What Do the Lost Gospels Have to Teach?
By RICHARD SMOLEY
Over the last century, a number of previously lost and unknown texts have come to light and illumined the origins of the main religions of the West. The most famous include the Nag Hammadi library, unearthed in Egypt in 1945, and the Dead Sea Scrolls, discovered in Israel in 1947. The Gospel of Judas is only the most recent example; in all probability it will not be the last.
What have scholars learned from these often baffling and obscure documents? The issue is a complex one, but it’s possible to sketch out a few key points.
• The historical Jesus remains a mystery. Here is a man who was revered as a divine or semidivine being very shortly after his death. And yet there is not one surviving eyewitness account of him. None of the authors of the New Testament Gospels says that he saw Jesus with his own eyes; the closest we have is Paul’s claim he saw the risen Jesus (1 Cor. 15:5–7). And with the possible exception of the Gospel of Thomas, most of the lost gospels (including the Gospel of Judas) are later than the canonical Gospels and probably do not include a great deal of true biographical details about Jesus’ life.
Some scholars have taken this fact to mean there was no such personage as Jesus, that he was a mythic figure concocted to reflect certain sacred mysteries. While this is in all likelihood too extreme a conclusion to reach, it does show Jesus remains hidden behind a cloud of mystery.
• There was not one original Christianity, but many. Some more or less resembled what would later become Catholic and Orthodox Christianity; some were Gnostics; some denied Jesus was anything more than a great teacher. These differences go so far back that they probably reflect divergences in the views of Christ’s own disciples.
• History was written by the victors. If it were not for the historical accident that the dry climate of Egypt and Palestine served to preserve ancient books so well, we would still have to rely on the writings of the early Church Fathers for a window onto these lost heresies. While the Church Fathers’ descriptions are broadly accurate in factual terms, they are highly contemptuous in tone and go out of their way to make their opponents look disreputable and often licentious. It has only been in the last generation or so that biblical scholars have been able to detach themselves somewhat from the prejudicial assumptions of conventional Christianity.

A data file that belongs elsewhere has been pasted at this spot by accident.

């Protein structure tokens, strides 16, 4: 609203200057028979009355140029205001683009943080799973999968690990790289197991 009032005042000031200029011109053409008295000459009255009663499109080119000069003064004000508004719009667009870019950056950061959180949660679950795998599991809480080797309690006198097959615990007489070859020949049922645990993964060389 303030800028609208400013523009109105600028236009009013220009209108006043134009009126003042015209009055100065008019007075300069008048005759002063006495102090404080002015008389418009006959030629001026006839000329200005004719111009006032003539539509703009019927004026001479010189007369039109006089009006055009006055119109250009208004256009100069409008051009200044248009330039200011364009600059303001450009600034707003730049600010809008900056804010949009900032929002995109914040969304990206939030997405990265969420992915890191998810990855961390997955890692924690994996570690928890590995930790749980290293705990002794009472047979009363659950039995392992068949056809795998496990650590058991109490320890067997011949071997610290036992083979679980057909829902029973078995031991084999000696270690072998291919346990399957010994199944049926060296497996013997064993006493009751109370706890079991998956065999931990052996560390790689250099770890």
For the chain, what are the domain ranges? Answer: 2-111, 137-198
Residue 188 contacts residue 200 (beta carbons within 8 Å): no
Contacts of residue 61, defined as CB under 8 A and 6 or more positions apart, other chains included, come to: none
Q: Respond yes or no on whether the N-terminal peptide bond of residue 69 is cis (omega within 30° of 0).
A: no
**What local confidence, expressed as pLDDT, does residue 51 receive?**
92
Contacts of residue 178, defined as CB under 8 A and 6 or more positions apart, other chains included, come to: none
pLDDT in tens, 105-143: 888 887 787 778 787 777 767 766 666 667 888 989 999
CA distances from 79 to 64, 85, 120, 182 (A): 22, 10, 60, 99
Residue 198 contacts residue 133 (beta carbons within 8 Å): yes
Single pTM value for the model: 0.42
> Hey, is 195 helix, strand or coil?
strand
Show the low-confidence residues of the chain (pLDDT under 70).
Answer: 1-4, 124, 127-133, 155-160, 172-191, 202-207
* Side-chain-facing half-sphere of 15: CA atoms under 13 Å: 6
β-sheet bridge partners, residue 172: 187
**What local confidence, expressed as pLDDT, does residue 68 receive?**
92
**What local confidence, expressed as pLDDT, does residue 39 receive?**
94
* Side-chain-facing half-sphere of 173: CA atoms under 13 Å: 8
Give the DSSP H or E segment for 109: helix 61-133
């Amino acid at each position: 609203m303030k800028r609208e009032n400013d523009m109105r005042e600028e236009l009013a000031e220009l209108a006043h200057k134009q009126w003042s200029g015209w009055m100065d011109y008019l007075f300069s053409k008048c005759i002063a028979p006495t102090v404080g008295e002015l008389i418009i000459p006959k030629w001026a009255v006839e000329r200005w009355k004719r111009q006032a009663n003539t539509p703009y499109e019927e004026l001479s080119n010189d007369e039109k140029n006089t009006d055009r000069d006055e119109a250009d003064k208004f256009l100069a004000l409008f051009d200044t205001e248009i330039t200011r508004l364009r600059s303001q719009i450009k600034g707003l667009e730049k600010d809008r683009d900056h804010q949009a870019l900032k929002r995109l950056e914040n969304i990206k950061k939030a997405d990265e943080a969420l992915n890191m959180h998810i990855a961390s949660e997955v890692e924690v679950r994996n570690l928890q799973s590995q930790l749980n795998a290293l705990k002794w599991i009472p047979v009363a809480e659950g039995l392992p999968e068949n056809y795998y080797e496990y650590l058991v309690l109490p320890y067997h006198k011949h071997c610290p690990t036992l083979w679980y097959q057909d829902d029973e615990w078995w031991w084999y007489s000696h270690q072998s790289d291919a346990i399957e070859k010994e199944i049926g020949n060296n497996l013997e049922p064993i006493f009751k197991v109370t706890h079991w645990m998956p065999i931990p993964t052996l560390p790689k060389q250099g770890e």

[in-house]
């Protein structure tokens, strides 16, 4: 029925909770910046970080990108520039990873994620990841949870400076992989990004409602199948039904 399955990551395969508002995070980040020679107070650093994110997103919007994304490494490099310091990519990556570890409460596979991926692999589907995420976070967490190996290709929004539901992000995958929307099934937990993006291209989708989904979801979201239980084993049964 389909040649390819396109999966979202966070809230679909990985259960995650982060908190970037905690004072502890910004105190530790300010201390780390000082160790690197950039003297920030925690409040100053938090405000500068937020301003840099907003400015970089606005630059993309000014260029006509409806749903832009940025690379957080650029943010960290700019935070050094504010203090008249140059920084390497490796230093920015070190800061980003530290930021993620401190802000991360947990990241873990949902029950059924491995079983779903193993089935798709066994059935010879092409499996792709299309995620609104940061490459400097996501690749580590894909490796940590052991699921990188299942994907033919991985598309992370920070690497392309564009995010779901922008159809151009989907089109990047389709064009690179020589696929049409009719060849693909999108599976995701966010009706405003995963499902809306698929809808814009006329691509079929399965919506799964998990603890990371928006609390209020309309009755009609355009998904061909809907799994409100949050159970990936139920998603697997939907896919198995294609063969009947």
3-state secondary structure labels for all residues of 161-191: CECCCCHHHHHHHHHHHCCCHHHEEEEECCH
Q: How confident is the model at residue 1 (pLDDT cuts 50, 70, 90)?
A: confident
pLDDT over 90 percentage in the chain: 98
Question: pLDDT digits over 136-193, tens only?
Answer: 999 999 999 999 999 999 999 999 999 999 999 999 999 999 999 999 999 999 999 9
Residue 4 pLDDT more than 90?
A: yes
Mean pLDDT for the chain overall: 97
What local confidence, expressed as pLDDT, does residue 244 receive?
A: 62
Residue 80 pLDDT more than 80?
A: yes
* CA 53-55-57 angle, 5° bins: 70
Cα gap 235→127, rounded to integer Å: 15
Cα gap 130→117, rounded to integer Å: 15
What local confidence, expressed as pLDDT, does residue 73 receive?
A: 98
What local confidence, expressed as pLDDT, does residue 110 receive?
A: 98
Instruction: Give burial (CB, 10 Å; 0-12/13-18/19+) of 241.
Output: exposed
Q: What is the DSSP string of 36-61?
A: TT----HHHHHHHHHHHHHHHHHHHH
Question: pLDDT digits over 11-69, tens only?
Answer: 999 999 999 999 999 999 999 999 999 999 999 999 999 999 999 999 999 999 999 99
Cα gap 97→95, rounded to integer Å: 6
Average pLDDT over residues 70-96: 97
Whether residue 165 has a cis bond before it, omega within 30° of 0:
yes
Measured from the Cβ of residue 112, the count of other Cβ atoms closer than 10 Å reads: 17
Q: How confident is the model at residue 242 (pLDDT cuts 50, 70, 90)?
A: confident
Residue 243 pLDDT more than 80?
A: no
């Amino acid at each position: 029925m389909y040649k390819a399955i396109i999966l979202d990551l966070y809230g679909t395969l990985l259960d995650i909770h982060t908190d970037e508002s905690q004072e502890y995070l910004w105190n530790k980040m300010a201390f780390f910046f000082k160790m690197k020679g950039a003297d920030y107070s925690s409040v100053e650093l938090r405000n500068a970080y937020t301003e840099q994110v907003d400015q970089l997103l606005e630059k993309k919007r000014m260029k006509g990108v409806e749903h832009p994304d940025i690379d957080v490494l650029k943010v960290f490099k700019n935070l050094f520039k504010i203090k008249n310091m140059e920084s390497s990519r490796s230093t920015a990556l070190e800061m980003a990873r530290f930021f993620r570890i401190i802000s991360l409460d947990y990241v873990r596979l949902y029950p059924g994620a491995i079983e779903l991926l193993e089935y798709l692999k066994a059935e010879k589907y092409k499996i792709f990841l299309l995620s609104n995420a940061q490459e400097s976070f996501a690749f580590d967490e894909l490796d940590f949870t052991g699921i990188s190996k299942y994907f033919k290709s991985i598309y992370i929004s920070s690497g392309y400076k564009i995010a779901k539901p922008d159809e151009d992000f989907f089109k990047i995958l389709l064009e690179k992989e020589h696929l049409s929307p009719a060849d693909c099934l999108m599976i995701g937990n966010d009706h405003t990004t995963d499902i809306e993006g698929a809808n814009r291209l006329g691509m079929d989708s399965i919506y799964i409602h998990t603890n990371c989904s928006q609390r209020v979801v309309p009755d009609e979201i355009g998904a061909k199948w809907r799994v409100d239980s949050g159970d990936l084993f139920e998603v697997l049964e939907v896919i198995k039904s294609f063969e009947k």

• There are grounds for a hermeneutics of suspicion. Until recently, it was taken for granted that the founders of proto-orthodox Christianity were essentially correct and honest in their portrayal of Christ and his teachings. The issue is considerably more complex now. It has become obvious many of the teachings that supposedly go back to the Apostles were formulated only centuries later. The most notable is perhaps the doctrine of the Trinity, which portrays Christ as divine and fully equal with the Father. This view did not appear in early Christianity. Originally, even those who regarded Jesus in the most exalted fashion, such as the author of the Gospel of John, saw him as kind of a “second god” through whom the Father worked. This view would later be condemned as heresy. The doctrine of the Trinity was worked out by Catholic and Orthodox theologians in the fourth through sixth centuries CE.
It has been deeply unsettling to Christians to realise that many of their most cherished views may be based on myths or even misrepresentations. But it is to the credit of biblical scholars of the last 200 years that they have been willing to face these issues, even when their findings challenge the deepest core of their own beliefs.
© Copyright 2006 by New Dawn Magazine & the respective author. This article first appeared in New Dawn Special Issue 2. For further information visit http://www.newdawnmagazine.com